The kirana stores of our country have been a part of the Indian business ecosystem since time immemorial. They have survived the business industry even after a number of backlashes from various retail giants. Be it the ever so organised supermarkets, departmental stores or the recent wave of e-commerce. What is it that has helped them to keep their businesses going for these many years, in spite of the changing scenarios? Thekirana store still stands to be the largest retail market of India and constitutes to about 12 million stores.
The kirana store owners of India can be considered to be one of the best business gurus when it comes to running a business in an amulti-cultural country like ours.
Here are 6 things that you can learn from the mom and pop-store owners of India:
- Consistent and good communication: No one can beat the communication skills of a kirana owner. Whenever you arrive at a kirana shop, most of the times the shopkeeper would first ask about your whereabouts or that one ailing person from your family or about your new job, if he knows you that well. Building communication and making people feel at ease is one thing that the kirana store owners have been doing for ages and this is one skill that we ideally should learn in order to build great customer relations with our potential clients.
- A clear understanding of customer preferences: A kirana owner will always know what each one of his customers prefers. They can clearly tell their customers apart and only sell items accordingly. They sell items not just based on brand or company preferences but also based on each customer’s spending magnitude. This is possible because he has loads of information stored about the same at the back of his mind, which is pretty impressive and useful in case he wants to carry out a successful business. He also smartly implements the idea of selling a better product over another, thus cross-selling and being a personal shopping guide. Knowing your customer base is the first step towards achieving setting up an enduring business.
- Being an active/ alert seller: Most of the time it so happens, that you go at a nearby mom and pop store and out of the 10 things you usually buy to sustain your day to day activities, you miss out on that one, absolutely necessary item. In a split second, you will be reminded about how you missed out on that one, all-important product of yours by your kiranawala. If this was somewhere else, you had probably return back with a bag of 9 items. Being proactive and prudent in your business is of utmost importance to stand out from the rest and take it to new heights.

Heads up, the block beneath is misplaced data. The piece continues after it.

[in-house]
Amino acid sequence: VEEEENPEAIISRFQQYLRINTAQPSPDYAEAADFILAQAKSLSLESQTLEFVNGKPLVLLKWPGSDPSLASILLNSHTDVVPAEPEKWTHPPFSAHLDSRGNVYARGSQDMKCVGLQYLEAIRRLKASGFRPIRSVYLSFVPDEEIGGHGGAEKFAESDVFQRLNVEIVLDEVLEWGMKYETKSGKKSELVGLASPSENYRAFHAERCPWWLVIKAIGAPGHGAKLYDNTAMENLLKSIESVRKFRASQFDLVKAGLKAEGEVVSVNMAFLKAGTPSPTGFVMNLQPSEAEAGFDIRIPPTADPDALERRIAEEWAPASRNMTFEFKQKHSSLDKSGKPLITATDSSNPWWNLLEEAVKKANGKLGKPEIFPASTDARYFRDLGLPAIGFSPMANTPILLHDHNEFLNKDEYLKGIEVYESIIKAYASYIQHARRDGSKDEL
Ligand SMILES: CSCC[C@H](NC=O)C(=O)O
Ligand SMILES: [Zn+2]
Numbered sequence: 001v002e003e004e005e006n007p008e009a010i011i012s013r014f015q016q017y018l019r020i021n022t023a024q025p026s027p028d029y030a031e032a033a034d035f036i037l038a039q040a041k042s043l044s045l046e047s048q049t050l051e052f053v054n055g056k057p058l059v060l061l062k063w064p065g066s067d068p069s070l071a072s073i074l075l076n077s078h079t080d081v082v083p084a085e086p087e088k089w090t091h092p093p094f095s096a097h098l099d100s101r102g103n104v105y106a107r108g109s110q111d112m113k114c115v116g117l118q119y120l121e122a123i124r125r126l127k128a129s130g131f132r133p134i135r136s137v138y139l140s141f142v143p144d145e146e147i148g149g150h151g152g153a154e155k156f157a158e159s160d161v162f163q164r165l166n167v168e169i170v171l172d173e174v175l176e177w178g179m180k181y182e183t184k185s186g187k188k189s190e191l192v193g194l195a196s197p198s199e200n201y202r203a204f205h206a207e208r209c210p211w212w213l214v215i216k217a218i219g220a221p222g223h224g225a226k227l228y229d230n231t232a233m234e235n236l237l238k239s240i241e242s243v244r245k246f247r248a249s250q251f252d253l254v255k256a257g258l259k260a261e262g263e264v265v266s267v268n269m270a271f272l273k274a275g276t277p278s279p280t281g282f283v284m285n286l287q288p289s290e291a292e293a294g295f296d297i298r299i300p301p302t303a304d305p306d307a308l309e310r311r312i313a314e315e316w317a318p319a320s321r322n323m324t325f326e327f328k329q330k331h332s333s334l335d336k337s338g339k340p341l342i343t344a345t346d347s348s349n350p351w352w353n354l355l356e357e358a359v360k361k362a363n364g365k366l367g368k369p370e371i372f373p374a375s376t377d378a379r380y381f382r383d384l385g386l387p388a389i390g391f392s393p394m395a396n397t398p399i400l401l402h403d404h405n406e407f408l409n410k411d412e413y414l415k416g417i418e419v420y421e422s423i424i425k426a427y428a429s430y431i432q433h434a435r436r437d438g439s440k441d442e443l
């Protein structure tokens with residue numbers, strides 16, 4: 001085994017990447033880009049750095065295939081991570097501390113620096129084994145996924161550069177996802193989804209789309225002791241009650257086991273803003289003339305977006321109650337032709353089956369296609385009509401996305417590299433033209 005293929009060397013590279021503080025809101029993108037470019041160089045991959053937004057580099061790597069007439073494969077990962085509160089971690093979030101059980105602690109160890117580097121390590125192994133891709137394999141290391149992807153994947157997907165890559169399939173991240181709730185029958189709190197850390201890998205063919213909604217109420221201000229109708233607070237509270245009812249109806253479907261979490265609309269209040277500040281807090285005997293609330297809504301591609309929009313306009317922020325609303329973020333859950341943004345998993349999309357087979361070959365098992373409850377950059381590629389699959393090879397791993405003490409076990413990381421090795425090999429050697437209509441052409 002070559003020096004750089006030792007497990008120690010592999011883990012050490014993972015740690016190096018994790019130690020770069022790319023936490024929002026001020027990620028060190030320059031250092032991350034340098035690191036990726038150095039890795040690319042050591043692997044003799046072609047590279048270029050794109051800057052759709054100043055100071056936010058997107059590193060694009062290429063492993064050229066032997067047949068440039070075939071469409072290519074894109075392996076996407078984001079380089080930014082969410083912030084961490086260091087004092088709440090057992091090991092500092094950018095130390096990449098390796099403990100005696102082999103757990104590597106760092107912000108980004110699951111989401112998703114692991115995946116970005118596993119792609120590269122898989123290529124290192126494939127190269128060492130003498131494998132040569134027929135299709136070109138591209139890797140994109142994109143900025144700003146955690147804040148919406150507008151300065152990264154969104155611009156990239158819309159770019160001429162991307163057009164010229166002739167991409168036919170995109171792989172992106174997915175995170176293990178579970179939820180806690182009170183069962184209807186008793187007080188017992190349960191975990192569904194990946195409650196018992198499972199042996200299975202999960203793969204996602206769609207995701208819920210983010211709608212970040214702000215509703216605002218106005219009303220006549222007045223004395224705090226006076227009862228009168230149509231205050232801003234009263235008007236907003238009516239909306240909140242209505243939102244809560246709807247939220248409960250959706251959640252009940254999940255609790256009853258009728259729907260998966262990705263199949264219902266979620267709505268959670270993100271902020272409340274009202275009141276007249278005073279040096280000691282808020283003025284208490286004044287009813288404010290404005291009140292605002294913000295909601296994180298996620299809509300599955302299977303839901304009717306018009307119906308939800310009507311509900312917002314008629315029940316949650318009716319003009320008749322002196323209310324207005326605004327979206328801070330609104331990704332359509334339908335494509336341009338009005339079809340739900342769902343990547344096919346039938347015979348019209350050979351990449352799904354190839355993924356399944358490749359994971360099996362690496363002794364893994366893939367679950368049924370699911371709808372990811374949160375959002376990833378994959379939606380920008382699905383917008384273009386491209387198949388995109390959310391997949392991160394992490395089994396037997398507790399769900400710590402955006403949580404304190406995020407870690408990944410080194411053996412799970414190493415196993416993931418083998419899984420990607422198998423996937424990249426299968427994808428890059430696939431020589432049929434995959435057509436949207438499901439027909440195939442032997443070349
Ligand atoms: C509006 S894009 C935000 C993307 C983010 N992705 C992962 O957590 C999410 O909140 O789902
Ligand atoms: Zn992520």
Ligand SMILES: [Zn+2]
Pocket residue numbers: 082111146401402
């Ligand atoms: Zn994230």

- Simple return policy: One of the reasons most Indians still prefer buying from markets over apps is because of the easy returns. And this stands true even in terms of small products and day to day items, because of an easy return/ exchange policy, in case the product happens to be faulty. There is no long procedure involved and the process is really quick and easy. Hassle-free service to the customers both before and after buying the product still ranks first on the point table. Most of the customers still measure the quality of service on how easy it was for them to get rid of that one unsound item and in return served with a better one.
- Going the extra mile: We are at utmost ease when buying items from our nearby store, even without cash. A lot of small retailers also, provide you with a delivery option at your doorstep without any extra charges for the same. Sometimes, providing such perks every now and then becomes necessary to make your business and service stand out. Because it isn’t always about money but sometimes, also about the relations you get to maintain with your customers. Naturally, all this is only possible when the trust factor is active between both the customer and the retailer.
- Customisedshopping experience: Kirana stores always have the option of letting you buy only how much and what you need. There is no minimum or maximum cash limit. If you require sugar worth Rs.10, you will be happily given the same without any pressure to buy more items. However, this scenario would hardly come into reality when it comes to offline organised stores. Contrarily, if the customer was forced to buy something more for the sake of abiding by the minimum cash limit rule, which was not even his need at the moment, it would lead to annoyance and chances are, that the customer may not even turn up to your store the next time he/she is in dire need of something.